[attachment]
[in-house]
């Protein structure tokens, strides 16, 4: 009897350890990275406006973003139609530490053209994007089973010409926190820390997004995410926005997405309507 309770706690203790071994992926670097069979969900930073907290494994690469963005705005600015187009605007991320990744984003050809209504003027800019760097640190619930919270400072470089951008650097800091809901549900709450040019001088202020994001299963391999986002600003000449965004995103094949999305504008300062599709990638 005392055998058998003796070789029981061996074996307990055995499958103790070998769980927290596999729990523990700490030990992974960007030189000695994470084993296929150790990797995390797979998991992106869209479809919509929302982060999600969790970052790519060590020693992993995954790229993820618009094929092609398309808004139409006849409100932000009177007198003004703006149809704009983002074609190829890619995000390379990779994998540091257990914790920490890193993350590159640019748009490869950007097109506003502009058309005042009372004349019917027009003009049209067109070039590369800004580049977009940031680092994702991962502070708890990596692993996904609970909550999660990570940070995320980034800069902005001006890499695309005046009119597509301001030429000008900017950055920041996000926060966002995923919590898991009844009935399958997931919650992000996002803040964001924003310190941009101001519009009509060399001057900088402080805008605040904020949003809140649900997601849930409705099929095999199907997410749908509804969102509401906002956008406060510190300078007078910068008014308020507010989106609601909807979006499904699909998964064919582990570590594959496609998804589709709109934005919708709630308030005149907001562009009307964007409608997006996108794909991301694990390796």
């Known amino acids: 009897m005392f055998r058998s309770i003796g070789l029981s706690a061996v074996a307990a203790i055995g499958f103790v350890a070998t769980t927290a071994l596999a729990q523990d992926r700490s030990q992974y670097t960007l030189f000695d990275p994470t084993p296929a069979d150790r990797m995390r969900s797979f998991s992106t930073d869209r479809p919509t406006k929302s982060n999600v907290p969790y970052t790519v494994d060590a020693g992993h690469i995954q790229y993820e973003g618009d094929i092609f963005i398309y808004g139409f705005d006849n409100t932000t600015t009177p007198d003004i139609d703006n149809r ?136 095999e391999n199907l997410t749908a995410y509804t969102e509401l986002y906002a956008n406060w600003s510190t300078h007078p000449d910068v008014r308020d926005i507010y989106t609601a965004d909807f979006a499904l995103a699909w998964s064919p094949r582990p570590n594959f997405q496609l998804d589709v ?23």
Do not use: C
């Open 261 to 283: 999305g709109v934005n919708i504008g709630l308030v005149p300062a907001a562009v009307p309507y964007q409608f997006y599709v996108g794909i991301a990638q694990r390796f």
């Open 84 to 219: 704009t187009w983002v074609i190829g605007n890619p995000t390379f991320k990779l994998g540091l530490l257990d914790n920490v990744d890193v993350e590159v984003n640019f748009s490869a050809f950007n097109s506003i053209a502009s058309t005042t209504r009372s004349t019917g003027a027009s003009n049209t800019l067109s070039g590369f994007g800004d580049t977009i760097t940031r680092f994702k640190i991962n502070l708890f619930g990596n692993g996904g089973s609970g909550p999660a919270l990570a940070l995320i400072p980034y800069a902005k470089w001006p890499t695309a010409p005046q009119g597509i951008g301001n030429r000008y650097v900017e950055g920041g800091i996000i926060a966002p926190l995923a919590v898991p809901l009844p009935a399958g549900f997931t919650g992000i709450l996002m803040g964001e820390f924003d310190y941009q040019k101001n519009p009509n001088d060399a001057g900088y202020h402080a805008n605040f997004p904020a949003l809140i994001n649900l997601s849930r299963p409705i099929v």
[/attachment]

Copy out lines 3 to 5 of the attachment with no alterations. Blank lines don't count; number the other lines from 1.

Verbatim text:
């Known amino acids: 009897m005392f055998r058998s309770i003796g070789l029981s706690a061996v074996a307990a203790i055995g499958f103790v350890a070998t769980t927290a071994l596999a729990q523990d992926r700490s030990q992974y670097t960007l030189f000695d990275p994470t084993p296929a069979d150790r990797m995390r969900s797979f998991s992106t930073d869209r479809p919509t406006k929302s982060n999600v907290p969790y970052t790519v494994d060590a020693g992993h690469i995954q790229y993820e973003g618009d094929i092609f963005i398309y808004g139409f705005d006849n409100t932000t600015t009177p007198d003004i139609d703006n149809r ?136 095999e391999n199907l997410t749908a995410y509804t969102e509401l986002y906002a956008n406060w600003s510190t300078h007078p000449d910068v008014r308020d926005i507010y989106t609601a965004d909807f979006a499904l995103a699909w998964s064919p094949r582990p570590n594959f997405q496609l998804d589709v ?23």
Do not use: C
């Open 261 to 283: 999305g709109v934005n919708i504008g709630l308030v005149p300062a907001a562009v009307p309507y964007q409608f997006y599709v996108g794909i991301a990638q694990r390796f």